What is the current thinking about inclusion of a "Field of the Invention" section?


A "Field of the Invention" or "Technical Field of the Invention" section has been seen in fairly recently-granted patents, but not always. I have read advice that it's better not to include such a section because it may, in certain later circumstances of litigation, impose limitations. Is there a current consensus about this among experienced attorneys and agents?

(added for clarity): I am referring to a separate section near the beginning of the application, not part of "Background." Below is an example of the kind of statements that may be relevant in such a section. I would like to understand in what way could this ever limit the patent, since it is the claims that will actually define its scope.

The present invention is in the technical field of computing devices of both mobile and non-mobile types, encompassing both devices controlled by a touchscreen and devices controlled by a moving cursor. More specifically, the present invention is in the technical field of interface design and related functions for initiating and managing Internet and network communications involving ...(more detail here about specifically what its purpose is, from a user POV)


Posted 2017-06-21T18:57:00.853

Reputation: 759

This is a very good question! In my own patent application, a very detailed "background" section was recommended by both my engaged and advisory patent attorneys. (This may be due to it being a fairly esoteric mechanical field, with context necessary as a primer on the history and use.) Limitation of claims can be a very valuable tool in terms of grant, but keeping things as broad as possible may be a good strategy at the start of the process, because you can always subsequently limit claims in review. – DukeZhou – 2017-06-21T19:15:10.540

3Everything you say can and will be used against you ;-) – DonQuiKong – 2017-06-21T19:35:20.123

What is the field of your invention, broadly? (This may help generate an answer because different areas are specialized-- you'd use a different attorney for a biotech patent than you would for other industries, and the strategies may differ.) – DukeZhou – 2017-06-21T21:42:33.457

1DukeZhou, please see the edited version of the question, which I hope will address your follow-up question. I don't have any issue with dropping this section from the application, just want to understand the basis for how this type of wording, being outside the Claims, might create problems later. – Charles – 2017-06-22T13:06:15.457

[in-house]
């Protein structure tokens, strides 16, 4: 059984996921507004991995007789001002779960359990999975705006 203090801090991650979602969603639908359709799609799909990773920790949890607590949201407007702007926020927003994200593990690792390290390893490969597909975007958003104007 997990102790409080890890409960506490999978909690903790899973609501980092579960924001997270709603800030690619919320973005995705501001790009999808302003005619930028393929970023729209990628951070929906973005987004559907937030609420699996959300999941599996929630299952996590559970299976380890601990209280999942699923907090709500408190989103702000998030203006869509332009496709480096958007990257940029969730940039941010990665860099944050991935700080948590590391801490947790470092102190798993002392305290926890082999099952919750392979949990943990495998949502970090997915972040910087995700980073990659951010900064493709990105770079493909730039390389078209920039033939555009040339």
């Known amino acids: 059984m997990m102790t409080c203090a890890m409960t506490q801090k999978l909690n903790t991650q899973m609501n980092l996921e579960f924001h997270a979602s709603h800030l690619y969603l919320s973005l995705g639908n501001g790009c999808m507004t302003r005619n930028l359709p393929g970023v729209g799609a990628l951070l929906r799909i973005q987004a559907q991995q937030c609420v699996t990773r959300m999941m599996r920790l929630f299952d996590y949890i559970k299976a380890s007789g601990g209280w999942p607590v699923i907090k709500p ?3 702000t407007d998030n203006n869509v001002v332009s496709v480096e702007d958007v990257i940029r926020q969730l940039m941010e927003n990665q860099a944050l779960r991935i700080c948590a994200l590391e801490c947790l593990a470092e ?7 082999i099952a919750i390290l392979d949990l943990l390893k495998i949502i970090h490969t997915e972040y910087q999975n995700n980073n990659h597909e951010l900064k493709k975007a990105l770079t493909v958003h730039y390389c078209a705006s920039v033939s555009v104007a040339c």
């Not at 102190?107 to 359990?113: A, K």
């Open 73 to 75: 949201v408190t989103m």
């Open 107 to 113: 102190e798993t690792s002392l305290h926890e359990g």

Thanks for clarifying! In some formats, "Field of the Invention" is a section of Background. (Good article by Gene Quinn, although from 2011, so you'll want to find some post-Alice sources for current thinking on the matter. Still, very useful overall advice.) In relation to my recent filing (2015/2016) we didn't include Field of the Invention at all, and only talked about the scope in the Claims.

– DukeZhou – 2017-06-22T17:16:17.007

I'm hesitant to provide anything more than general advice, since as Quinn points out: "A typical inventor, who might have several inventions over the course of a lifetime, will never become conversant enough with the intricacies of patent practice to do the job that should be done with respect to obtaining a patent." Can I ask is your filing a provisional or nonprovisional? – DukeZhou – 2017-06-22T17:17:44.670

1I want to propose an alternative question you could include “is there any benefit on having this section“ - because if not, leave it out – DonQuiKong – 2017-06-22T19:33:34.553

I would avoid "of the invention". Just "Field" if you do it at all. – George White – 2017-06-27T18:32:57.887



This answer is not intended to constitute advice (I'm an inventor, not a patent attorney;) but rather provide perspective, based on my recent software patent application, filed in 2016.

In drafting the non-provisional, I engaged a patent attorney who specializes in my sub-field. The draft was reviewed by two advisory patent attorneys, one in tech and one in biotech (the latter for an alternate perspective.)

My engaged attorney did not include a "Field of the Invention", and neither of the advisory attorneys suggested I should do otherwise.

This indicates to me that "Field of the Invention" is not necessary, and is probably avoided to keep the scope as broad as possible at the outset. (Claims can always be subsequently limited during the review process.)

Your "Field of the Invention" seems broad enough to encompass any potential application, but since this section is not required, the safest bet may be to avoid it entirely.


Posted 2017-06-21T18:57:00.853

Reputation: 903

Thanks for that input and perspective. To answer a question from your earlier response above: A provisional was filed in April and I am working on the NP. I have not engaged an attorney for review, advice, fixing screw-ups, etc. but I may still do that, not sure. I think there wasn't a strong justification for a provisional in my case, but I feel it provided a psychological advantage for me. (I got through my 1st experience using EFS Web submission and payment procedures without help, and thus I'm more comfortable with the whole idea now.) – Charles – 2017-06-22T21:16:47.473

1@Charles you might want to ping Eric Shain in chat--he has ~120 patents and could probably give you some advice on whether to self file or not. Most patent attorneys I consulted with (which was a lot, due to the nature of my patent, and the ultimate realization I needed a specialist,) noted that provisional documents are very forgiving in that nothing is in stone in the provisional. Some advised skipping the expense of an attorney for the provisional. However, no one advised doing the nonprovisional without an attorney, even my advisors who had no direct financial incentive. – DukeZhou – 2017-06-22T21:22:40.303